Rich traders or members of the Ottoman aristocracy often built large houses or mansions for family use, particularly during the 19th century. The traditional examples of konaks followed the general practice of house-building using for instance the wide spread timber frame technique. The second floor, often protruding over the ground floor, was supported by beams. Windows were frequently shuttered so that women could enjoy the views onto the street below without being seen. The interior space conception most often consisted of a spacious hall (the sofa) in the centre of the building, for common use. Adjoining rooms (eyvans) for multi-purpose use were more intimate, with bedding and sanitary facilities hidden behind cupboard doors. Another distuishing features of an Ottoman konak and even of a saray (palace) is that their exterior was not intended to impress the onlooker, in contrast to West European palaces. Their luxury was restricted rather to the interior.
Next to this residential building called konak, the same term also refers to local governmental buildings, the architectural response to administrative reforms along the 19th century. Their architecture is not any longer inspired by the traditional West-Anatolian-Balkan-Type house but reflects the new West European tendencies.
Bey's House in Tetovo
Located in the neighborhood of the beautiful Aladza Mosque, that I presented at an earlier post, the so-called Bey's House in reality is only one part of the original huge konak built by the ruling local Bey in the 19th century. Back then it was composed of a selamlak (the building reserved for men), a haremlak (the equivalent for women and children) and a number of adjoining outbuildings, all surrounded by a massive stone wall. Only the haremlak has been restored recently yet this single building provides useful information of the characteristics of a konak. Its characteristic features, common with most Ottoman dwellings, can be observed here. A huge wood-panelled portico opening to the courtyard is topped by a wide terrace supported by wooden columns. Characteristically, the windows at the lower level are kept small for mayor privacy while the ones on the upper floor are big and numerous, assuring good sights at the surrounding nature. Ottoman Baroque-shaped windows and a four-sided roof with wide eaves contribute to the harmonious façades while the many high chimneys confer an extra dimension to the building.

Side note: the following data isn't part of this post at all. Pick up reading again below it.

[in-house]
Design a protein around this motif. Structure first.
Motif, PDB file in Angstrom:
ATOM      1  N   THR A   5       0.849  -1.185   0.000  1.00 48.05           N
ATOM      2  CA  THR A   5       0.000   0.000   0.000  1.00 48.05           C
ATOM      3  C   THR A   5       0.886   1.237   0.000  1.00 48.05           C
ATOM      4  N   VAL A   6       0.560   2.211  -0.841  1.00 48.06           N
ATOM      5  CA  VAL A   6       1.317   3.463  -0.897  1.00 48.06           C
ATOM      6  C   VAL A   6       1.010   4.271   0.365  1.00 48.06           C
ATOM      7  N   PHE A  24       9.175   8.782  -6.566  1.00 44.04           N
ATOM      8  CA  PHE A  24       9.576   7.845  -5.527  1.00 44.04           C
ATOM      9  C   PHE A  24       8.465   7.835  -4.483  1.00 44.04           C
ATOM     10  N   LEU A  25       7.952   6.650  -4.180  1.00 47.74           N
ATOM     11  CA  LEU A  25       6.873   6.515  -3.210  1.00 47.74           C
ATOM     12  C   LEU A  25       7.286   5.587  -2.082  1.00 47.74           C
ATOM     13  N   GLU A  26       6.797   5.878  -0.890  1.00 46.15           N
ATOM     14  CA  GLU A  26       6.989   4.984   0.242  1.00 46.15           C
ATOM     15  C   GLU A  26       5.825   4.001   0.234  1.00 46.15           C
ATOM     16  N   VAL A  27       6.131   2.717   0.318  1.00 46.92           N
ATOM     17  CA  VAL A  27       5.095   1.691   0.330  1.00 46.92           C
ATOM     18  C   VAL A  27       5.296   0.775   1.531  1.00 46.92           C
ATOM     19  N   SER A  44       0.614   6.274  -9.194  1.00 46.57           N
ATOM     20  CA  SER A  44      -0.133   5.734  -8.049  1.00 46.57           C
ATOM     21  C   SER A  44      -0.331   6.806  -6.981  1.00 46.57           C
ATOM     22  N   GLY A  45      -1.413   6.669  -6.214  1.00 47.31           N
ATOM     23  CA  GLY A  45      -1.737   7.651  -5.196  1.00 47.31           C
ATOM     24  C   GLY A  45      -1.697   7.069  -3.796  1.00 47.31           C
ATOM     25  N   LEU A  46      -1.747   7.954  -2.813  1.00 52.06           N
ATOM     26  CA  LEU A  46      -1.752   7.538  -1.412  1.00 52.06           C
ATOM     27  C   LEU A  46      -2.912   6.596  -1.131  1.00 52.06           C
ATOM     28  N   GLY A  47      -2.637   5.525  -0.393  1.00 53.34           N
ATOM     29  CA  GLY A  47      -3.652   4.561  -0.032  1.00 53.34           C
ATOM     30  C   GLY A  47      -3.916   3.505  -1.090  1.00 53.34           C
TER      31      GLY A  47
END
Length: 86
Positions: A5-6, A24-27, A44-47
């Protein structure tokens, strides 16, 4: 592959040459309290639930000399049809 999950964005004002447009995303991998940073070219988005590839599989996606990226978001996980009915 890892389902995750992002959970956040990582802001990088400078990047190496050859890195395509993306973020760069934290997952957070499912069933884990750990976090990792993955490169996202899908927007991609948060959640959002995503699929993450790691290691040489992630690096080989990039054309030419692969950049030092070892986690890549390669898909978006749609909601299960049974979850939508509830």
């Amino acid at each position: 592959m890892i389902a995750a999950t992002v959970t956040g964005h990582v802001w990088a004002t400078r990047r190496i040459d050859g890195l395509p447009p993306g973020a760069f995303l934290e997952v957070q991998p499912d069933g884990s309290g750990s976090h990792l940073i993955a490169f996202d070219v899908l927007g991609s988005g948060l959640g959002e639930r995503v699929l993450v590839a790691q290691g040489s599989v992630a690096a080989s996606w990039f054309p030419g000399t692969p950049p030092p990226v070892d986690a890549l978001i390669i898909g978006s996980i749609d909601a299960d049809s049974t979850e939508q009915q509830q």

Vilayet Konak in Skopje
The Tanzimat Period in the 19th century, that is a long lasting reform process forced on the Sultan by the European powers, brought about some administrative reforms and with it the need for adequate buildings. One of these reforms modified the administrative units of the Empire, dividing the remaining Empire in vilayets. The local governor with seat in Skopje therefore built the Vilayet Konak (in front of the fortress) as government building responding to this new requirement.
Corresponding with the West-European-inspired reforms the style of the building itself is strongly reminiscent of Neo-Classic buildings in Western Europe. The spacious double-winged building has two floors with a specially emphasized portal. Pilasters framing this huge arched entrance and a triangular pediment on top of the second floor highlight this central part. All windows, rectangular at the ground floor and arched at the upper floor are framed in white stucco.
If you want to know more about Ottoman Heritage in Macedonia please consult my recently published book:
Teresa Waltenberger, Architecture in Macedonia: The Ottoman Heritage, Skopje 2014